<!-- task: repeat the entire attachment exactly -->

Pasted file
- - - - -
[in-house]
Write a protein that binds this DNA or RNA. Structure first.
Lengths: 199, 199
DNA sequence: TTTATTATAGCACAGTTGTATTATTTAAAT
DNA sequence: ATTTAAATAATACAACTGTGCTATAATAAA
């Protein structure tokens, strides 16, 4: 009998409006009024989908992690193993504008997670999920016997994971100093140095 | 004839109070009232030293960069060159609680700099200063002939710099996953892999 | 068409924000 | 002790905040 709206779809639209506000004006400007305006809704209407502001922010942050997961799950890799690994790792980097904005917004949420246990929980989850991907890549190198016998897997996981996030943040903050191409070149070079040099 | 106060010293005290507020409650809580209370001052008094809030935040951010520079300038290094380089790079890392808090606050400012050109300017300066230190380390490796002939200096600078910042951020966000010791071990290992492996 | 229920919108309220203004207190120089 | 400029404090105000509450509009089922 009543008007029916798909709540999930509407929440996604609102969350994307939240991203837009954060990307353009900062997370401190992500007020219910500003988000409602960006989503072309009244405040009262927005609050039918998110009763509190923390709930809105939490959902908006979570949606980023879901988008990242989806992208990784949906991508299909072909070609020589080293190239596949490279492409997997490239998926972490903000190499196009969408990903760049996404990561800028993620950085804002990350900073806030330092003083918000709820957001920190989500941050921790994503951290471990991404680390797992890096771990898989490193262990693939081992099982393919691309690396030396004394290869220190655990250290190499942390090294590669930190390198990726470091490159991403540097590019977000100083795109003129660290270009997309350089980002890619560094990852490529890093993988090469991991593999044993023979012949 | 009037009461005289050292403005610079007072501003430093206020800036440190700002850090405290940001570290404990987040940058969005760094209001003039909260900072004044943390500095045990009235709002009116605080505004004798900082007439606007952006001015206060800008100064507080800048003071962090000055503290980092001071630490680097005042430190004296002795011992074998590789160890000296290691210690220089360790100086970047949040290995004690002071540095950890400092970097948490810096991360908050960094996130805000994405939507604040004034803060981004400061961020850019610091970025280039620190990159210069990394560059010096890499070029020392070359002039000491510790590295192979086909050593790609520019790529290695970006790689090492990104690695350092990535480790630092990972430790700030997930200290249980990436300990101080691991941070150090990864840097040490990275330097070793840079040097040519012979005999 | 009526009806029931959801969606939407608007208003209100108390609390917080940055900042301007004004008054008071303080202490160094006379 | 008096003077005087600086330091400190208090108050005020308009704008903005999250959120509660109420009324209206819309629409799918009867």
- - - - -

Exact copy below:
[in-house]
Write a protein that binds this DNA or RNA. Structure first.
Lengths: 199, 199
DNA sequence: TTTATTATAGCACAGTTGTATTATTTAAAT
DNA sequence: ATTTAAATAATACAACTGTGCTATAATAAA
């Protein structure tokens, strides 16, 4: 009998409006009024989908992690193993504008997670999920016997994971100093140095 | 004839109070009232030293960069060159609680700099200063002939710099996953892999 | 068409924000 | 002790905040 709206779809639209506000004006400007305006809704209407502001922010942050997961799950890799690994790792980097904005917004949420246990929980989850991907890549190198016998897997996981996030943040903050191409070149070079040099 | 106060010293005290507020409650809580209370001052008094809030935040951010520079300038290094380089790079890392808090606050400012050109300017300066230190380390490796002939200096600078910042951020966000010791071990290992492996 | 229920919108309220203004207190120089 | 400029404090105000509450509009089922 009543008007029916798909709540999930509407929440996604609102969350994307939240991203837009954060990307353009900062997370401190992500007020219910500003988000409602960006989503072309009244405040009262927005609050039918998110009763509190923390709930809105939490959902908006979570949606980023879901988008990242989806992208990784949906991508299909072909070609020589080293190239596949490279492409997997490239998926972490903000190499196009969408990903760049996404990561800028993620950085804002990350900073806030330092003083918000709820957001920190989500941050921790994503951290471990991404680390797992890096771990898989490193262990693939081992099982393919691309690396030396004394290869220190655990250290190499942390090294590669930190390198990726470091490159991403540097590019977000100083795109003129660290270009997309350089980002890619560094990852490529890093993988090469991991593999044993023979012949 | 009037009461005289050292403005610079007072501003430093206020800036440190700002850090405290940001570290404990987040940058969005760094209001003039909260900072004044943390500095045990009235709002009116605080505004004798900082007439606007952006001015206060800008100064507080800048003071962090000055503290980092001071630490680097005042430190004296002795011992074998590789160890000296290691210690220089360790100086970047949040290995004690002071540095950890400092970097948490810096991360908050960094996130805000994405939507604040004034803060981004400061961020850019610091970025280039620190990159210069990394560059010096890499070029020392070359002039000491510790590295192979086909050593790609520019790529290695970006790689090492990104690695350092990535480790630092990972430790700030997930200290249980990436300990101080691991941070150090990864840097040490990275330097070793840079040097040519012979005999 | 009526009806029931959801969606939407608007208003209100108390609390917080940055900042301007004004008054008071303080202490160094006379 | 008096003077005087600086330091400190208090108050005020308009704008903005999250959120509660109420009324209206819309629409799918009867």